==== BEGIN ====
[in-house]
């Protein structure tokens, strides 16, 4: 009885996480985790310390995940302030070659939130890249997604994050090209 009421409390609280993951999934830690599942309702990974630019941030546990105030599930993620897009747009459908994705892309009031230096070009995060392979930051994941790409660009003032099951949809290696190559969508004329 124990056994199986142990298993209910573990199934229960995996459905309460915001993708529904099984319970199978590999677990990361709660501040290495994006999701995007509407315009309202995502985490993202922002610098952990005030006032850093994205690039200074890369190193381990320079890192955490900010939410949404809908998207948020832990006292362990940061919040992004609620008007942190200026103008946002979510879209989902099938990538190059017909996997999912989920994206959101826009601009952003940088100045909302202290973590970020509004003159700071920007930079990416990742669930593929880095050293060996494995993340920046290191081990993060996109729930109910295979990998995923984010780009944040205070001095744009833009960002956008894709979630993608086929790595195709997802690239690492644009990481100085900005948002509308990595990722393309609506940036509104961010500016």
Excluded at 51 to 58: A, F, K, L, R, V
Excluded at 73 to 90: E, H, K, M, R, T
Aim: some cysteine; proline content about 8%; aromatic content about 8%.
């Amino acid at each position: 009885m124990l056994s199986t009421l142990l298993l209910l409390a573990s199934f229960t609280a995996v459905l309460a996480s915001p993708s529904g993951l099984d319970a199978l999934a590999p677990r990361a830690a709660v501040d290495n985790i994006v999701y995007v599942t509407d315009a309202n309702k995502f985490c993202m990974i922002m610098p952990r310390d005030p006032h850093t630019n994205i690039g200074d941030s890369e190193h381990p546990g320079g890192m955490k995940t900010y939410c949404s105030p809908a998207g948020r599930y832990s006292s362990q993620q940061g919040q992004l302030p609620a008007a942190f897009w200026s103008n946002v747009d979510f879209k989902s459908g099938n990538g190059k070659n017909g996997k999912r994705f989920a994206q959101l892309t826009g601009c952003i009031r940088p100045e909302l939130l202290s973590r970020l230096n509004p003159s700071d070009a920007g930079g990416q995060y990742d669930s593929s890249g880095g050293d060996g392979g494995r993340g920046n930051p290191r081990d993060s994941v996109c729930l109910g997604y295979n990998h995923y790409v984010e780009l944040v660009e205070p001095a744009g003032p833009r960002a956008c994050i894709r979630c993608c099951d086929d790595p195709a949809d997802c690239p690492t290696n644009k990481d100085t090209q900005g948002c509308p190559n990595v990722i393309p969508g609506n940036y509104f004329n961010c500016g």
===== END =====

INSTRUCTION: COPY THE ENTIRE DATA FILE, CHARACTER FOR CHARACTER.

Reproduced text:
[in-house]
């Protein structure tokens, strides 16, 4: 009885996480985790310390995940302030070659939130890249997604994050090209 009421409390609280993951999934830690599942309702990974630019941030546990105030599930993620897009747009459908994705892309009031230096070009995060392979930051994941790409660009003032099951949809290696190559969508004329 124990056994199986142990298993209910573990199934229960995996459905309460915001993708529904099984319970199978590999677990990361709660501040290495994006999701995007509407315009309202995502985490993202922002610098952990005030006032850093994205690039200074890369190193381990320079890192955490900010939410949404809908998207948020832990006292362990940061919040992004609620008007942190200026103008946002979510879209989902099938990538190059017909996997999912989920994206959101826009601009952003940088100045909302202290973590970020509004003159700071920007930079990416990742669930593929880095050293060996494995993340920046290191081990993060996109729930109910295979990998995923984010780009944040205070001095744009833009960002956008894709979630993608086929790595195709997802690239690492644009990481100085900005948002509308990595990722393309609506940036509104961010500016």
Excluded at 51 to 58: A, F, K, L, R, V
Excluded at 73 to 90: E, H, K, M, R, T
Aim: some cysteine; proline content about 8%; aromatic content about 8%.
């Amino acid at each position: 009885m124990l056994s199986t009421l142990l298993l209910l409390a573990s199934f229960t609280a995996v459905l309460a996480s915001p993708s529904g993951l099984d319970a199978l999934a590999p677990r990361a830690a709660v501040d290495n985790i994006v999701y995007v599942t509407d315009a309202n309702k995502f985490c993202m990974i922002m610098p952990r310390d005030p006032h850093t630019n994205i690039g200074d941030s890369e190193h381990p546990g320079g890192m955490k995940t900010y939410c949404s105030p809908a998207g948020r599930y832990s006292s362990q993620q940061g919040q992004l302030p609620a008007a942190f897009w200026s103008n946002v747009d979510f879209k989902s459908g099938n990538g190059k070659n017909g996997k999912r994705f989920a994206q959101l892309t826009g601009c952003i009031r940088p100045e909302l939130l202290s973590r970020l230096n509004p003159s700071d070009a920007g930079g990416q995060y990742d669930s593929s890249g880095g050293d060996g392979g494995r993340g920046n930051p290191r081990d993060s994941v996109c729930l109910g997604y295979n990998h995923y790409v984010e780009l944040v660009e205070p001095a744009g003032p833009r960002a956008c994050i894709r979630c993608c099951d086929d790595p195709a949809d997802c690239p690492t290696n644009k990481d100085t090209q900005g948002c509308p190559n990595v990722i393309p969508g609506n940036y509104f004329n961010c500016g």